She has already started sketching and it looks like she will be working on her collection for much of the summer. It will be exciting to see this next collection from CRAZYYABAI and what will come next for this young fashion designer in our midst!

YHS Roots & Shoots: Conservation and Sustainability

Two Alices (both in Grade 11), Alice Z. and Alice L., became fast friends last year partly as a result of their common interest in conservation and sustainability. With the support of teacher sponsors Ms. Dombroski and Ms. Marcos, together they have helped to revive the Root & Shoots Club at YHS. Founded in 1977 by Dr. Jane Goodall as part of the Jane Goodall Institute to protect chimpanzees and their habitats, Roots & Shoots has since evolved to a worldwide movement that inspires a generation of young global citizens to be change agents for community centred conservation.

They decided to start small at YHS this year. With only 10 students in the club in multiple grades, they partnered with Prince of Wales school to create mason bee houses with the apiculture club and build hummingbird feeders to hang around the school.

This spring, underscoring her commitment to conservation efforts that impact us all, Alice Z. invited marine biologist and shark advocate David McGuire, the Director of Shark Stewards, to come and speak at assembly and share the importance of sharks to our ecosystem.

Alice Z. met David last year through a family friend in San Francisco who knew she was interested in ocean conservation. After she attended the Ocean Film Festival last March, David mentioned that he would be going to Borneo the following summer to study sharks. Recognizing Alice Z.’s keen interest in his work, Alice Z.’s mother thought that this would be a perfect opportunity for them to tag along. Needless to say, her experience working alongside David in Borneo was eye-opening and gave her a newfound appreciation for these misunderstood creatures.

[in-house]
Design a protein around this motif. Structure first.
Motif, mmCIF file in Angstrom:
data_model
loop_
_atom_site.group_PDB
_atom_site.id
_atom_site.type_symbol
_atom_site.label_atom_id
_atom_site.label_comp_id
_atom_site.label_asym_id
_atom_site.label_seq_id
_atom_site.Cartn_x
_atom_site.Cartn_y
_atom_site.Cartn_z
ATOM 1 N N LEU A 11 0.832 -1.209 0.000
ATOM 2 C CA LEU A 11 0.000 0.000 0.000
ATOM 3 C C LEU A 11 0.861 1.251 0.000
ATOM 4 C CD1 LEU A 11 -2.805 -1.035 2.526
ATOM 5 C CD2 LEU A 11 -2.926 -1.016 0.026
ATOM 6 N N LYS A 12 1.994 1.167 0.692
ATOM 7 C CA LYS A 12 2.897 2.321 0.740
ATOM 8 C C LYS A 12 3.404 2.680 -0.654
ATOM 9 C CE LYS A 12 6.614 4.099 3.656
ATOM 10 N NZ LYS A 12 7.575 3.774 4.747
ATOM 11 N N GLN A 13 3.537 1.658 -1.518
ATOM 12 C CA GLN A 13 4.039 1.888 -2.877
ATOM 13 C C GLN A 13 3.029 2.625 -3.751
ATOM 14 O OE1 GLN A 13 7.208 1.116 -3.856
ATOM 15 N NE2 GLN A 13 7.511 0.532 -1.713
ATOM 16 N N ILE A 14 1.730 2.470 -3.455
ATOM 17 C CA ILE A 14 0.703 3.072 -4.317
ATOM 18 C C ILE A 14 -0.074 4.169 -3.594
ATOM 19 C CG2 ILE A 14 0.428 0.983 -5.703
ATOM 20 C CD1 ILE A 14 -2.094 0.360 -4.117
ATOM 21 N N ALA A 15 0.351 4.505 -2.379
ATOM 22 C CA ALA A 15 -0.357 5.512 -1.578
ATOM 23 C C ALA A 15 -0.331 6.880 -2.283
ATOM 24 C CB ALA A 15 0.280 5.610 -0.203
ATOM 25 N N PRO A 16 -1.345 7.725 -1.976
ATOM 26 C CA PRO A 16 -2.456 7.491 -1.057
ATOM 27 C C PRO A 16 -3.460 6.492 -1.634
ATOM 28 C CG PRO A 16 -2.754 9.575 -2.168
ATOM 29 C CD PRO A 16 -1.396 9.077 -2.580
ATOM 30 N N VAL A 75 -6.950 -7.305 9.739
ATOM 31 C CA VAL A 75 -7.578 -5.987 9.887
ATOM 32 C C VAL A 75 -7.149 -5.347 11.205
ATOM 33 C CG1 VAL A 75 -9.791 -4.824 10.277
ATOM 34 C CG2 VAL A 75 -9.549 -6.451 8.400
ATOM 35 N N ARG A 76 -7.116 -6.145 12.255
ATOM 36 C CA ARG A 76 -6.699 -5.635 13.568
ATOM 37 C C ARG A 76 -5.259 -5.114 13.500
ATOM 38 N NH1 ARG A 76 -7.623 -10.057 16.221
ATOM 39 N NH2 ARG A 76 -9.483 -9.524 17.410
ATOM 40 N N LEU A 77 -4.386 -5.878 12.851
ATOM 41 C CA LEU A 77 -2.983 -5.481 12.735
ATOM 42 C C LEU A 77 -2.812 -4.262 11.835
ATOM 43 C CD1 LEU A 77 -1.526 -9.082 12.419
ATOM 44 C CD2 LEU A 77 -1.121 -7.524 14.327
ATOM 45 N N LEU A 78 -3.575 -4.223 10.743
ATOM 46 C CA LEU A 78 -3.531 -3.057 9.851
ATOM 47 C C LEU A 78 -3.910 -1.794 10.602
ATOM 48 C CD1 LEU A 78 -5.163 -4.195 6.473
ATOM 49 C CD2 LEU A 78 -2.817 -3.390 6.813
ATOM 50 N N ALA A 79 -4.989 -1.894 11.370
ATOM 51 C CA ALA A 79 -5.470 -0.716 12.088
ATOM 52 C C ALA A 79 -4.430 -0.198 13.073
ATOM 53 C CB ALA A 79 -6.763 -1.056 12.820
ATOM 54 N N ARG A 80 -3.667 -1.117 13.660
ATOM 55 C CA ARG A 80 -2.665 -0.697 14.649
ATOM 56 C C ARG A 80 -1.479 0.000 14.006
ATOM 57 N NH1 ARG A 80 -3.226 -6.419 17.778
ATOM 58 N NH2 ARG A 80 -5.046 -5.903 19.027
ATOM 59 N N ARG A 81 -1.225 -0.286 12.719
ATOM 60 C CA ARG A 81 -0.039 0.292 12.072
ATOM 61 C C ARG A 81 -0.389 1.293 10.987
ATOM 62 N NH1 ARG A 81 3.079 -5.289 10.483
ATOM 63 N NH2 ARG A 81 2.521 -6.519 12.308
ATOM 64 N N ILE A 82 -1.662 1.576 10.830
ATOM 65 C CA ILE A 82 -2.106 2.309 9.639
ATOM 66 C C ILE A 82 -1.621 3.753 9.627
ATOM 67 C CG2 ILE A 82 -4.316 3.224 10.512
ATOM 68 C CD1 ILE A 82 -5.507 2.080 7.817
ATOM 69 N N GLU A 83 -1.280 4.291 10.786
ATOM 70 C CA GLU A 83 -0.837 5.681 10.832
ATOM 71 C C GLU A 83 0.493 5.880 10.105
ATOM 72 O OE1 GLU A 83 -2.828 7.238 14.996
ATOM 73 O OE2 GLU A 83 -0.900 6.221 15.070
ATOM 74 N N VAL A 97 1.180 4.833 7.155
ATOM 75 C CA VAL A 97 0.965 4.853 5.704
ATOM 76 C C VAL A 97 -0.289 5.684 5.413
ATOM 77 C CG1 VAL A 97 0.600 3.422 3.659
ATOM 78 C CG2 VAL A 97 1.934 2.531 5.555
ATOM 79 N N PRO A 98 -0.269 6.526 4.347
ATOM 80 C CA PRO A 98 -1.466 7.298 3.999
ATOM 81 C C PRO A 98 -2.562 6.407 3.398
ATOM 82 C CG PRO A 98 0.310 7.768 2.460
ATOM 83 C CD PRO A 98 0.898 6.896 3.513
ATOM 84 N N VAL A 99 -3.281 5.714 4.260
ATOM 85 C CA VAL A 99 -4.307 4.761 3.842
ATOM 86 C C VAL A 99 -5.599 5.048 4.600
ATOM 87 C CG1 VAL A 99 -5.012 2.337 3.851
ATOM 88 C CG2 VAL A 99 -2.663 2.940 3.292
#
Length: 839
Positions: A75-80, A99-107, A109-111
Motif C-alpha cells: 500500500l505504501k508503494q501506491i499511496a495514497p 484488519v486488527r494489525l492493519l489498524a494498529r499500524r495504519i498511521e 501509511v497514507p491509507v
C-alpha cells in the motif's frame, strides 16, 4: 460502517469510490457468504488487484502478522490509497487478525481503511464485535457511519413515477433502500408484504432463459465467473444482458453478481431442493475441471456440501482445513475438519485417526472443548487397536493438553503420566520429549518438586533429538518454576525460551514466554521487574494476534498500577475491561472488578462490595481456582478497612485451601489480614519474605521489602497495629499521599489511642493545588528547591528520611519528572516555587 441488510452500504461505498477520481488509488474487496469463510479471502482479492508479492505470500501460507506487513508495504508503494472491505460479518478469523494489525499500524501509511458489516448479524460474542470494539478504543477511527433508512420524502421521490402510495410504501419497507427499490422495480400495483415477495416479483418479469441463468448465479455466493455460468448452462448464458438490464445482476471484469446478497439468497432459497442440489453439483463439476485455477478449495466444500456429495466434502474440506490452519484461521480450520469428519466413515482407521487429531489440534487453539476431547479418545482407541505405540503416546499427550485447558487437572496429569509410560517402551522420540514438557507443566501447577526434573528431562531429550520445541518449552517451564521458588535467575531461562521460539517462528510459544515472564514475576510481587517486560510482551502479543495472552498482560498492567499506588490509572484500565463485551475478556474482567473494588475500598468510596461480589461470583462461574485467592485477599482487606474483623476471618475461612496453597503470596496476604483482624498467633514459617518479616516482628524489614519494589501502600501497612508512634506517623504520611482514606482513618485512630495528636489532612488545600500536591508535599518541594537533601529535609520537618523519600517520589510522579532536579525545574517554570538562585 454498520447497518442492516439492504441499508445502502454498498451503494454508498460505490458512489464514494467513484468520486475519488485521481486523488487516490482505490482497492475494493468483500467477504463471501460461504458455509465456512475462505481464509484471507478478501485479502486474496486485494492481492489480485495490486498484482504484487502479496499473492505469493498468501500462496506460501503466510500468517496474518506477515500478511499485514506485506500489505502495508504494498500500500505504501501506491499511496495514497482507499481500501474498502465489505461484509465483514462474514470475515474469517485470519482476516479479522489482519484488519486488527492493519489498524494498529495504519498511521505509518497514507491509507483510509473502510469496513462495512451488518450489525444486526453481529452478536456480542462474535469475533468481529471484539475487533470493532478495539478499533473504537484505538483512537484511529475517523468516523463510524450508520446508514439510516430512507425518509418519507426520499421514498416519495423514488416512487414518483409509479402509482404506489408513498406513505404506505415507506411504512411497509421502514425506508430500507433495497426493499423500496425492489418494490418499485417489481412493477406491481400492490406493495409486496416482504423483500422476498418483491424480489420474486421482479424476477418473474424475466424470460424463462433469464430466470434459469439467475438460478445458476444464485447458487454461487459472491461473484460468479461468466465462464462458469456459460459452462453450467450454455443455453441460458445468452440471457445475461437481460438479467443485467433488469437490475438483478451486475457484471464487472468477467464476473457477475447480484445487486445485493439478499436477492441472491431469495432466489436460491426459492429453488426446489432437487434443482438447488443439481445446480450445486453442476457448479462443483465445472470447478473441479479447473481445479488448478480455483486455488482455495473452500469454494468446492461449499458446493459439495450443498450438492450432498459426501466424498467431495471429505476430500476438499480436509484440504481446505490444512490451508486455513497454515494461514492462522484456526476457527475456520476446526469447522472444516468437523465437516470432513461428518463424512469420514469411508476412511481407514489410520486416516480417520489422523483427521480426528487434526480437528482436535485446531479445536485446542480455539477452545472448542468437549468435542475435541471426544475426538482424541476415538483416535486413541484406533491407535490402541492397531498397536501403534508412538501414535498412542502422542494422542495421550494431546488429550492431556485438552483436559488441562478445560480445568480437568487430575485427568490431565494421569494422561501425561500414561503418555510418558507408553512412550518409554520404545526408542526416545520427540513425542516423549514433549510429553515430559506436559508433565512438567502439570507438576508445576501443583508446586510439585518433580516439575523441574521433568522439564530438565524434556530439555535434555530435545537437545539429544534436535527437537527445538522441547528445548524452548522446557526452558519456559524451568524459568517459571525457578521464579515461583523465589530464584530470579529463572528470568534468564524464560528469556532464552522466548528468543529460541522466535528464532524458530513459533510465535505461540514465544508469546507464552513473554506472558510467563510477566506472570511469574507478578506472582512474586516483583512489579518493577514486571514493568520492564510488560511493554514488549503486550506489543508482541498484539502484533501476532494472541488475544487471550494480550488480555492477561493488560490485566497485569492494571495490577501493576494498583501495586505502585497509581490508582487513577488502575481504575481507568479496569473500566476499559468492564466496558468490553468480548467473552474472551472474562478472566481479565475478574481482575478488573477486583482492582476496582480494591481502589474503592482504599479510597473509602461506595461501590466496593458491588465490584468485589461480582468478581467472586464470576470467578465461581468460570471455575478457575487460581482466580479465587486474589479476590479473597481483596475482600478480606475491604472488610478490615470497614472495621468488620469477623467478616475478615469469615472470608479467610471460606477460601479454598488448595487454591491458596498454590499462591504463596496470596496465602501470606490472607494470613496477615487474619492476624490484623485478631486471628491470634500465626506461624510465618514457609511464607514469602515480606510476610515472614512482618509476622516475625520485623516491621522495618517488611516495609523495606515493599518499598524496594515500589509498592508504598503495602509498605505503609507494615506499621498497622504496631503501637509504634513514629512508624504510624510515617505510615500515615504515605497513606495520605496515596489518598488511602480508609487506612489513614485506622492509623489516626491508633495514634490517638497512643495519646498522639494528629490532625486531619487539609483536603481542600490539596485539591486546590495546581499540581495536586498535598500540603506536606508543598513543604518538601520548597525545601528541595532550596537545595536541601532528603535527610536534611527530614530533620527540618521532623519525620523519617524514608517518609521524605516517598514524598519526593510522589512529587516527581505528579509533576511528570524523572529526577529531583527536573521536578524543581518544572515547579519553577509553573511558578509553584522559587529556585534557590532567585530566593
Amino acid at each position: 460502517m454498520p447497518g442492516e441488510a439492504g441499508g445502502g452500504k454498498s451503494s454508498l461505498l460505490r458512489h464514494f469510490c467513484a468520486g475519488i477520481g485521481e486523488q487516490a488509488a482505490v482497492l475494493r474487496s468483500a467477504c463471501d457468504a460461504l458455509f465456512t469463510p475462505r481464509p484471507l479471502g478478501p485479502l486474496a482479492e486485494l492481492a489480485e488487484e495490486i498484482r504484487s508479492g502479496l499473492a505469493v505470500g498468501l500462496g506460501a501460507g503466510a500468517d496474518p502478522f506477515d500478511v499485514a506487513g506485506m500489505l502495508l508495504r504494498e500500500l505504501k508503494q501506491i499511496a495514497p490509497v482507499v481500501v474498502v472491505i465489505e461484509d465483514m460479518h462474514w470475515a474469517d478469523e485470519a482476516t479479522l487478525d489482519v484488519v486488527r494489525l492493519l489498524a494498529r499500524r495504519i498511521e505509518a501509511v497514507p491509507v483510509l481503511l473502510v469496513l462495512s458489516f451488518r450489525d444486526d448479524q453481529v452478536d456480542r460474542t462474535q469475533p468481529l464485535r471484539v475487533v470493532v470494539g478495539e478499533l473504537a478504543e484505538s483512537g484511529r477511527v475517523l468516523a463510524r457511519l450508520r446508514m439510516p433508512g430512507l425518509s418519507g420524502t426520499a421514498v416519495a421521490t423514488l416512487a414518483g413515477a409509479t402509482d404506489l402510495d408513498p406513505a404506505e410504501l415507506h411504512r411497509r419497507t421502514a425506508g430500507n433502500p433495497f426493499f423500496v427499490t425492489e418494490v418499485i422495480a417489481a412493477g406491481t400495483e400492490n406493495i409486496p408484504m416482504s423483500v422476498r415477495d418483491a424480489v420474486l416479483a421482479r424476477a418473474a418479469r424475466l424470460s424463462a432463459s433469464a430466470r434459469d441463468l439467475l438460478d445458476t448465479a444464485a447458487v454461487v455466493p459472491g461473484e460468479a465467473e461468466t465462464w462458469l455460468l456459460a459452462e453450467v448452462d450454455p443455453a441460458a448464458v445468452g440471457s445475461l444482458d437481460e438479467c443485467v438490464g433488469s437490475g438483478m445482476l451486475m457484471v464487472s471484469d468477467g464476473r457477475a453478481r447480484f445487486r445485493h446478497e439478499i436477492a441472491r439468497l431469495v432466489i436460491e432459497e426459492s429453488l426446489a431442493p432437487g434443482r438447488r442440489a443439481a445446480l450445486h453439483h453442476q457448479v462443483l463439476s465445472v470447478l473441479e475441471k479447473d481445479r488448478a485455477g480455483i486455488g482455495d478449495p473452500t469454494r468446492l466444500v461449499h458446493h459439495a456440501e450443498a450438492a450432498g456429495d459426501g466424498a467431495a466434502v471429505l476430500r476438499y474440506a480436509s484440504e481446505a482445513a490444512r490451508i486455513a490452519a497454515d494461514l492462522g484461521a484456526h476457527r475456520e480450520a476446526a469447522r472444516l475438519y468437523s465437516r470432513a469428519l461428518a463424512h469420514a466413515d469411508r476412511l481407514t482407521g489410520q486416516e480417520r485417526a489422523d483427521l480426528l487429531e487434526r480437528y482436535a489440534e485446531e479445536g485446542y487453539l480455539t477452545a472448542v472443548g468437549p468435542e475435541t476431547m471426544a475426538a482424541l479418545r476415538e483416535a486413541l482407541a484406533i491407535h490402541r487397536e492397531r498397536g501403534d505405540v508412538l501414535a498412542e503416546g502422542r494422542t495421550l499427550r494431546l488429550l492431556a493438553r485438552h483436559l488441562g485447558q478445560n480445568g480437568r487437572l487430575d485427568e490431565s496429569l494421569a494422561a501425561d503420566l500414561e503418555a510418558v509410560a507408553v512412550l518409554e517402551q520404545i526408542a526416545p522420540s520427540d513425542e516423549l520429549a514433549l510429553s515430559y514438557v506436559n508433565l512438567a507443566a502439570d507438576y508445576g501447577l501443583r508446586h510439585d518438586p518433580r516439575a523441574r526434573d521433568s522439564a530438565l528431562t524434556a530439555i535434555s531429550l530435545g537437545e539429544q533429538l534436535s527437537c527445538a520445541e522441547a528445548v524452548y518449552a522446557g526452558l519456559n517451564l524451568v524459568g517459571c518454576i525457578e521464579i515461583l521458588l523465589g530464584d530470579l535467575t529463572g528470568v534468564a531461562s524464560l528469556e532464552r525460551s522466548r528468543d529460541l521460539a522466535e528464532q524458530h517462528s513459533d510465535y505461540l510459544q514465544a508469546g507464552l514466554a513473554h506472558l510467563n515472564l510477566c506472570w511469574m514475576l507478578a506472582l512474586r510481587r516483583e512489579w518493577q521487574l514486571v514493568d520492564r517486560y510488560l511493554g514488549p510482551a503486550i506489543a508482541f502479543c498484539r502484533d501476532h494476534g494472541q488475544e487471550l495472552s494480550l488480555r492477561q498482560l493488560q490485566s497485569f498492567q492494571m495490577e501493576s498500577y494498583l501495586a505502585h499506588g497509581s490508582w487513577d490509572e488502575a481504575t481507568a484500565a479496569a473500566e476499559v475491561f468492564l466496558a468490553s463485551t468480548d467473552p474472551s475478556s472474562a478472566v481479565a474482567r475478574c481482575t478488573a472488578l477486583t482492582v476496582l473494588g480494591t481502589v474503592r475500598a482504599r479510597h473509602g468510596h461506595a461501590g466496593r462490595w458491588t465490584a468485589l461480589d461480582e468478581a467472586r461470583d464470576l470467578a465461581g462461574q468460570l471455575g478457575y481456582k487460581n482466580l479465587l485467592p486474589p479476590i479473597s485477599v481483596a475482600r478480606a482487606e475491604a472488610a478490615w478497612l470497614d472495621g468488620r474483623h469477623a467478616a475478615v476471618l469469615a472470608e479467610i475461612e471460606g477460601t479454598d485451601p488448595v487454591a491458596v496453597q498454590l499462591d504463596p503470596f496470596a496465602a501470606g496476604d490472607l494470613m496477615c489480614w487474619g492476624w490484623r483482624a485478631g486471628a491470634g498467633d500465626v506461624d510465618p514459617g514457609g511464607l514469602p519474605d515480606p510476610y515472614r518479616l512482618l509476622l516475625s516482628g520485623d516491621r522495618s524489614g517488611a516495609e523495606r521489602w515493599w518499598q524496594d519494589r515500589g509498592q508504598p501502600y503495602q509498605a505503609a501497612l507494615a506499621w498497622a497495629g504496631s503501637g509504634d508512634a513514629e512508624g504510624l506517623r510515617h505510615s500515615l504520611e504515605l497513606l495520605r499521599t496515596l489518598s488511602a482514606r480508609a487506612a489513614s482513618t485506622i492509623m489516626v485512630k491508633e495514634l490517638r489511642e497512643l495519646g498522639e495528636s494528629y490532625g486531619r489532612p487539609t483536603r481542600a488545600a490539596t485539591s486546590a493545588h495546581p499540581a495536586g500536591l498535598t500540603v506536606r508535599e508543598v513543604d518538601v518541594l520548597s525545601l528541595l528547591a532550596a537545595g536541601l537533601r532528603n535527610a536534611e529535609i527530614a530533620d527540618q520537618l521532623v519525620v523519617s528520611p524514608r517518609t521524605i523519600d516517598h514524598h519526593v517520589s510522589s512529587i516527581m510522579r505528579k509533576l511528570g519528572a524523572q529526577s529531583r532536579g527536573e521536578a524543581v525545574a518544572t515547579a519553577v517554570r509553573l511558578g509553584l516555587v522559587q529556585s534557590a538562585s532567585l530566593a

Of course, Alice Z. admits that it is so much easier to raise awareness for elephants and koala bears. People are just less aware of how sharks are endangered and their importance to the health of the ocean. There is also the fear factor. Alice Z. pointed out that there are really only two to three species of sharks, out of thousands, that present any real threat to humans and that is mostly because they mistake humans in the water for something else, like a seal.

David was visiting Vancouver to raise more awareness of the importance of shark conservation as Vancouver remains one of the largest world markets for shark fin trading in the world for the making of the infamous shark fin soup.

Her friend’s experience and meeting David has also changed Alice L.’s mind about them. They are definitely not what they are portrayed as in the movies.

This summer, Alice Z. is going to San Francisco for one month to work with David as an intern, together with one of his PhD Students to tag six or seven-gill sharks and track their migration pattern. It is no surprise that the focus of her studies next year will be on biology.

They are both looking forward to next year and continuing to raise awareness for conservation for the health of our planet.